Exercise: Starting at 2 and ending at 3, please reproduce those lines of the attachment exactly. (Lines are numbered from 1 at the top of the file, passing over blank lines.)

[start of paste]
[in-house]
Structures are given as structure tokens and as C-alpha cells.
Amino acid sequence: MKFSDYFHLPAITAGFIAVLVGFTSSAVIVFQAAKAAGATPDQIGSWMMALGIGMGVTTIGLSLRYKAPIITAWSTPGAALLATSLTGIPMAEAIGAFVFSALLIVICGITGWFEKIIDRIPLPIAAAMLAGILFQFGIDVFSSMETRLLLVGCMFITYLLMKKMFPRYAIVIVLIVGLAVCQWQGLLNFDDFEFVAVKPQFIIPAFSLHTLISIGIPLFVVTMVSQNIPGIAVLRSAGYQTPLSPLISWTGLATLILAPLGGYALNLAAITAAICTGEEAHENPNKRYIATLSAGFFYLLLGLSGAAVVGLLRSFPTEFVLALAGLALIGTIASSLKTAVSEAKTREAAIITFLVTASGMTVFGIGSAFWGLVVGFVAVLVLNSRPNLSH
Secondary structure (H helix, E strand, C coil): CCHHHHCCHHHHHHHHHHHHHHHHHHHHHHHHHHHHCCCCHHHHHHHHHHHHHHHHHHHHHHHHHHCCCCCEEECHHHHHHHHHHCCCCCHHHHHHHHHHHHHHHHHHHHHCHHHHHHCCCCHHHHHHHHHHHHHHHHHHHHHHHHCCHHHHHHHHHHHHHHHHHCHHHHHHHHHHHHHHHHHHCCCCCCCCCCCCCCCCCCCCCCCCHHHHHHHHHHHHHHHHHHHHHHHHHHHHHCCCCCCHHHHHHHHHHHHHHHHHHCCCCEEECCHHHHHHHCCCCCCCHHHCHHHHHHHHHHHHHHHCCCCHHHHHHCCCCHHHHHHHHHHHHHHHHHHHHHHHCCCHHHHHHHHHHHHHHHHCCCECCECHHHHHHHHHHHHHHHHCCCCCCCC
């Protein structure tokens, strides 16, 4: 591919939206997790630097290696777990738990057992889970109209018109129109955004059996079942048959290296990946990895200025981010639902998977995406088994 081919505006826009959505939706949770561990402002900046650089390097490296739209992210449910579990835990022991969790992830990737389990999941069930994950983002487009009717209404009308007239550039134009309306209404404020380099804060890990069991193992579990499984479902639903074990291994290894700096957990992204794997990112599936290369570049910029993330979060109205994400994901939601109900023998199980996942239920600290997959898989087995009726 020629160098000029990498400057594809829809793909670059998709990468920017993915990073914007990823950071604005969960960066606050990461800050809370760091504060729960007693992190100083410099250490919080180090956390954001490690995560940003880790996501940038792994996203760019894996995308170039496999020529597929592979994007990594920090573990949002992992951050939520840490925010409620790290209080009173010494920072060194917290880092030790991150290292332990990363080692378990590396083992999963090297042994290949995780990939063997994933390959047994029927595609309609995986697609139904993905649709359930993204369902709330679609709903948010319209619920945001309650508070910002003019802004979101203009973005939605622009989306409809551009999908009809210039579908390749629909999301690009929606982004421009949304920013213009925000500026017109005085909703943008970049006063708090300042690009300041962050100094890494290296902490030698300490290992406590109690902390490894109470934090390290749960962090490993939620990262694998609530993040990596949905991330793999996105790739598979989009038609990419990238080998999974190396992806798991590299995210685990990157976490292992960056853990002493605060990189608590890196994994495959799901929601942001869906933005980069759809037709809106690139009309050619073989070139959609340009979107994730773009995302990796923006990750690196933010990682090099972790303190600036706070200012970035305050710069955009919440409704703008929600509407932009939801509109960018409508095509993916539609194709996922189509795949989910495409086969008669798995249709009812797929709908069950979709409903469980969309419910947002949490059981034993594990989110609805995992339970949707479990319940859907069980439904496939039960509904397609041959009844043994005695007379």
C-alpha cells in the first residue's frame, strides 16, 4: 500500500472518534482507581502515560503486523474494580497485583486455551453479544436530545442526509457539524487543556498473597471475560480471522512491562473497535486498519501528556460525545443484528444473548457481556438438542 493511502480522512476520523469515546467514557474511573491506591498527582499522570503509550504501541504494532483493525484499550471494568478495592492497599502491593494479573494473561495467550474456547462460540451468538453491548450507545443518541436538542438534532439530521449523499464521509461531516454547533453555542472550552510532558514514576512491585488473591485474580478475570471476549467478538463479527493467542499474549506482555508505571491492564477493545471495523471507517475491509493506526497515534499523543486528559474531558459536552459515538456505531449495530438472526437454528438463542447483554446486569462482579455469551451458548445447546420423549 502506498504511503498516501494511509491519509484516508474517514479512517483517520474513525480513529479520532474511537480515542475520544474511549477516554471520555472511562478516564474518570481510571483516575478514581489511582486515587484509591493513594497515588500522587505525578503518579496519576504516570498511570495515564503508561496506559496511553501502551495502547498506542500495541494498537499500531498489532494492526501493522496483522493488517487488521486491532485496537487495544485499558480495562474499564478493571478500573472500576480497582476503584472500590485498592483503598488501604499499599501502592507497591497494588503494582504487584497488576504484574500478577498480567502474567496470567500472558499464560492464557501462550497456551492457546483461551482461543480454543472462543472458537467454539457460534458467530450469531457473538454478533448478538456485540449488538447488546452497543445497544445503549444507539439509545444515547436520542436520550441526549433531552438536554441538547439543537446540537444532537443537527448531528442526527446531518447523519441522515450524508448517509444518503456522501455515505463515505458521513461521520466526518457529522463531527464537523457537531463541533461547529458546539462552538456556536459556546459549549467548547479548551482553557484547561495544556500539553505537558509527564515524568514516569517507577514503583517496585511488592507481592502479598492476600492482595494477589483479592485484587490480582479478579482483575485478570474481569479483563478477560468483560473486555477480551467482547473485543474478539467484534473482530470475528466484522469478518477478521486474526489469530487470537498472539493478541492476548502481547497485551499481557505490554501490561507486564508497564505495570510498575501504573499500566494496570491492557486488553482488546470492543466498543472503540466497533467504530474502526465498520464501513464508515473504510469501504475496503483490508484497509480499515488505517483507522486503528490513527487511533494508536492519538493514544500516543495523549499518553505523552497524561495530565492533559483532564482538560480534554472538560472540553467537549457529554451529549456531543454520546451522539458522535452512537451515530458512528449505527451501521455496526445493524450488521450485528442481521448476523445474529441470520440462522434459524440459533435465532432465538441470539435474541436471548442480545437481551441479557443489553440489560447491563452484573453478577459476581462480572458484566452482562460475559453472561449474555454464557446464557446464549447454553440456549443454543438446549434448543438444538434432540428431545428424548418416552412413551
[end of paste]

Structures are given as structure tokens and as C-alpha cells.
Amino acid sequence: MKFSDYFHLPAITAGFIAVLVGFTSSAVIVFQAAKAAGATPDQIGSWMMALGIGMGVTTIGLSLRYKAPIITAWSTPGAALLATSLTGIPMAEAIGAFVFSALLIVICGITGWFEKIIDRIPLPIAAAMLAGILFQFGIDVFSSMETRLLLVGCMFITYLLMKKMFPRYAIVIVLIVGLAVCQWQGLLNFDDFEFVAVKPQFIIPAFSLHTLISIGIPLFVVTMVSQNIPGIAVLRSAGYQTPLSPLISWTGLATLILAPLGGYALNLAAITAAICTGEEAHENPNKRYIATLSAGFFYLLLGLSGAAVVGLLRSFPTEFVLALAGLALIGTIASSLKTAVSEAKTREAAIITFLVTASGMTVFGIGSAFWGLVVGFVAVLVLNSRPNLSH